It last happened in our skies in 2004 and happens again this year on June 6. If you miss it, you'll have to wait until 2117 for the next chance to see the elusive 'transit of Venus.'
This astronomical event was first recorded in December 1639 by English astronomer Jeremiah Horrocks and subsequently by other astronomers who used it to change our view of the Universe.
The transits occur when the sun, Earth and Venus all line up and, from our vantage point, we see Venus as a tiny black spot slowly moving across the fiery bright solar disk.
Venus races across the sun in a repeating pattern with pairs of transits 8 years apart with the following pair appearing 121.5 years later and the subsequent ones after a further 105.5 years. Needless to say, barring any huge advances in medical science, it's highly unlikely that many people alive today will get a chance to see the next transit.
Following the first observed transit in 1639, the pair of transits that occurred in 1761 and 1769 received much more attention and even encouraged Captain James Cook to plan expeditions across the world to study them.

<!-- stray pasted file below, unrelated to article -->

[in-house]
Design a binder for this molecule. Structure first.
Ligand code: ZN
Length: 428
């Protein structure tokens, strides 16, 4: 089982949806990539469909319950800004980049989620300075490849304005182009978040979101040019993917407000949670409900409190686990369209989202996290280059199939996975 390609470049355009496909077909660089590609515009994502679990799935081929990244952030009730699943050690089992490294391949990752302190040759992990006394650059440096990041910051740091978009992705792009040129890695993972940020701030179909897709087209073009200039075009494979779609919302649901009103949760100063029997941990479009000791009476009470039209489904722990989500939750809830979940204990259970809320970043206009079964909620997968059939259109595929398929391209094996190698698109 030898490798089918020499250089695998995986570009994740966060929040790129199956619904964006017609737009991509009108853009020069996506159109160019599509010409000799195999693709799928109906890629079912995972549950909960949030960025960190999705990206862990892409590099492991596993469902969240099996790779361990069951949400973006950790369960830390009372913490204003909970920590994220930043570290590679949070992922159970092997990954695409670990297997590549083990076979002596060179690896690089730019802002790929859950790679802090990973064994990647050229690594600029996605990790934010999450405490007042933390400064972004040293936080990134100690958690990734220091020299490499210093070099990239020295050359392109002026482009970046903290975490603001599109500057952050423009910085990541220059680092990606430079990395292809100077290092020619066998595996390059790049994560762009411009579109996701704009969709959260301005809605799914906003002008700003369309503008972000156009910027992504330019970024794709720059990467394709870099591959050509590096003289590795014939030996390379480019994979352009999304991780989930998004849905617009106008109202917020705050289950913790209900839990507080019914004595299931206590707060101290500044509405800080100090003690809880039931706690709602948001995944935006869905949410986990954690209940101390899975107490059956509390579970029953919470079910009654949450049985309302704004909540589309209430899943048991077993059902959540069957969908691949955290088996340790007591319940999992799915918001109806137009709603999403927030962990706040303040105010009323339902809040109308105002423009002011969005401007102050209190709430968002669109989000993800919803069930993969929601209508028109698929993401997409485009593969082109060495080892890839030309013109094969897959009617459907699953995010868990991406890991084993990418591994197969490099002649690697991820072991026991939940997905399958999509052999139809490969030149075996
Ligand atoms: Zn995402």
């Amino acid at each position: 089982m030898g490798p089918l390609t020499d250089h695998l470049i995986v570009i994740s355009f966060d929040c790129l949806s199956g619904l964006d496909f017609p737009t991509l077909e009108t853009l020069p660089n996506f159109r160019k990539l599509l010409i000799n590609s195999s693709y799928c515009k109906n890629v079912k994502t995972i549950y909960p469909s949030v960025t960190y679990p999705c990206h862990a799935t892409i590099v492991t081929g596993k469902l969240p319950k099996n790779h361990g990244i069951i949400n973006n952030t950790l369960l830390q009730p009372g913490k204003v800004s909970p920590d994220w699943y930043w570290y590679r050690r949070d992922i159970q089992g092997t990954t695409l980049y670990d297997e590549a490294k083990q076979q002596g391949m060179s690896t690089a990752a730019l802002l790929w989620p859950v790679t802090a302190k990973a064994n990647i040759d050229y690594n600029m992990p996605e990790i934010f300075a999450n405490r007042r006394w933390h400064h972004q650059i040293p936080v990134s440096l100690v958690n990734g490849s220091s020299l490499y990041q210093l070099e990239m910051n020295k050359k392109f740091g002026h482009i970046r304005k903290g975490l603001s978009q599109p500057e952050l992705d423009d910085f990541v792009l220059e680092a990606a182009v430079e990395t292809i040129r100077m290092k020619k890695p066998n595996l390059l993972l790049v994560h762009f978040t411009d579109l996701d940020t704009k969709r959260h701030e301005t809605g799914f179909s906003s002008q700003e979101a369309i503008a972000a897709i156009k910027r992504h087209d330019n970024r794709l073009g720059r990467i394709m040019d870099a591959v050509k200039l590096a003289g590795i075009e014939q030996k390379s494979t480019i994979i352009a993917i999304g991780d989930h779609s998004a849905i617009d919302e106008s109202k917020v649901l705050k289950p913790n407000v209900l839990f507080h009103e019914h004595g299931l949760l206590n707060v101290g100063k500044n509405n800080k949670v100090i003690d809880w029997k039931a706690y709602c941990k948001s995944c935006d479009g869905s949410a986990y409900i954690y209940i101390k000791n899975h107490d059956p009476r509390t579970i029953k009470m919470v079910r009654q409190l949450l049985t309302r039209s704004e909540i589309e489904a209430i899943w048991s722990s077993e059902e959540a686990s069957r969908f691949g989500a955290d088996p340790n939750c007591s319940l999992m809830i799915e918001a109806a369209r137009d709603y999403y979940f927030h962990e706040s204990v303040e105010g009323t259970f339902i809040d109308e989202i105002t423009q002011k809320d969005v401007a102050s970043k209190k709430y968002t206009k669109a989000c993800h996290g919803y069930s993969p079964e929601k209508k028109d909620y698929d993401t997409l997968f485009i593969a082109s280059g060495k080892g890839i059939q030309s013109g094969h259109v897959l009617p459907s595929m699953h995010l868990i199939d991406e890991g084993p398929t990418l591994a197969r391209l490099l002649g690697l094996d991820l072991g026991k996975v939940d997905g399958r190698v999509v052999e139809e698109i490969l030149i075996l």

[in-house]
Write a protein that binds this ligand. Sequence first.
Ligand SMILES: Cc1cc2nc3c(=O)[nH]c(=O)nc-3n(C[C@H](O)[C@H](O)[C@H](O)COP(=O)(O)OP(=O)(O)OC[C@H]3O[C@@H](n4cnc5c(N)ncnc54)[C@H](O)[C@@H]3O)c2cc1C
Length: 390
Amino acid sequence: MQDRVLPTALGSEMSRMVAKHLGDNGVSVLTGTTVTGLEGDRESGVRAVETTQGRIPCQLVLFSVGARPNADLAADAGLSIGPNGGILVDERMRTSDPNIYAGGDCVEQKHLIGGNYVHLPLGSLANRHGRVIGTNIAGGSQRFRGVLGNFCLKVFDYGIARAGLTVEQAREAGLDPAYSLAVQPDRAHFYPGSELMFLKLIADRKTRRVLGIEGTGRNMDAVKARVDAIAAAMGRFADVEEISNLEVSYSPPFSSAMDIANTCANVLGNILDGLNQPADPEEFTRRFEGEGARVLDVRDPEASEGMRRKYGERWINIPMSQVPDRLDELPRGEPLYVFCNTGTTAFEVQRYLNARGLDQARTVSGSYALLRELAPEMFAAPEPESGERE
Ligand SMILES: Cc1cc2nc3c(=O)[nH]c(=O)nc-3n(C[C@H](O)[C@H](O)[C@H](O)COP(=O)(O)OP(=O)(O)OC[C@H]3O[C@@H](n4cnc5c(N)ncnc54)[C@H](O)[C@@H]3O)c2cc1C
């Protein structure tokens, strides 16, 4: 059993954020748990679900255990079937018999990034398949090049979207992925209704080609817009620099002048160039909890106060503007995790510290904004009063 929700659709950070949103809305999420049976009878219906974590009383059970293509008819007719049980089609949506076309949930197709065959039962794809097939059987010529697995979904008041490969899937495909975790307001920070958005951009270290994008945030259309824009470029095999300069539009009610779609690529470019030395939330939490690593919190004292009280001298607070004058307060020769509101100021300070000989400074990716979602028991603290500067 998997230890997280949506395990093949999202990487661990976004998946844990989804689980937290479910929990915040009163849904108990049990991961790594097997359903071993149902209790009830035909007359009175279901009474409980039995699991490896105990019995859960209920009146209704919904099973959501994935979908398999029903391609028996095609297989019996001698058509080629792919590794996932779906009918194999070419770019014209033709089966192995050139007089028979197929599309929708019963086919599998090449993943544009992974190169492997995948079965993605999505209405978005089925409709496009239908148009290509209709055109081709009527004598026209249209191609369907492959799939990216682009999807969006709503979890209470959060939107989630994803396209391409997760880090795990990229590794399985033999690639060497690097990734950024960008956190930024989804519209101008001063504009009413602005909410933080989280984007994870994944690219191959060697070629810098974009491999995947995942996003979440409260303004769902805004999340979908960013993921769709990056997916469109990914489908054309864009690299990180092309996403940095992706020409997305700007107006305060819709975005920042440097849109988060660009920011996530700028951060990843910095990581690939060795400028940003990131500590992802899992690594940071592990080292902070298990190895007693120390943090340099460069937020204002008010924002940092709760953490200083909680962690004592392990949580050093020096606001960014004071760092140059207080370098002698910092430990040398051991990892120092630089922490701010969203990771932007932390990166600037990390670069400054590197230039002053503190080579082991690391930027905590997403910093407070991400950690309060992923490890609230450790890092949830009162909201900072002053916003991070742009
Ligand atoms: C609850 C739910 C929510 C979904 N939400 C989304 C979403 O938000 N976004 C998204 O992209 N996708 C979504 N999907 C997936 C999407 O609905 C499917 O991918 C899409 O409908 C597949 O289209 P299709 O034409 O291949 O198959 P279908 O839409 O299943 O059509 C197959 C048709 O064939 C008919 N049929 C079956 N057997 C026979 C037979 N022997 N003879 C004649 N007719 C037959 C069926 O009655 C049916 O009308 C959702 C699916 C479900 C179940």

These observations, and those of subsequent transits, allowed calculations to be made of the distance between the Earth and sun that were impressively close to today's precise figure. The Venus transits set the foundations for calculating the vast distances between other celestial bodies.
The transit is visible on the evening of June 5 from the Americas and in the morning of June 6 for parts of Europe, Africa and western Australia. A map of its visibility can be found on the NASA Venus transit website.
Of course, the usual words of caution need to be said when it comes to observing the sun: don't look directly at it. It's possible to safely view the transit by projecting an image of it through binoculars or a telescope onto white card, or use special eclipse glasses. For more on observing the sun safely, follow my solar observing guide: "Observing Our Nearest Star, Safely."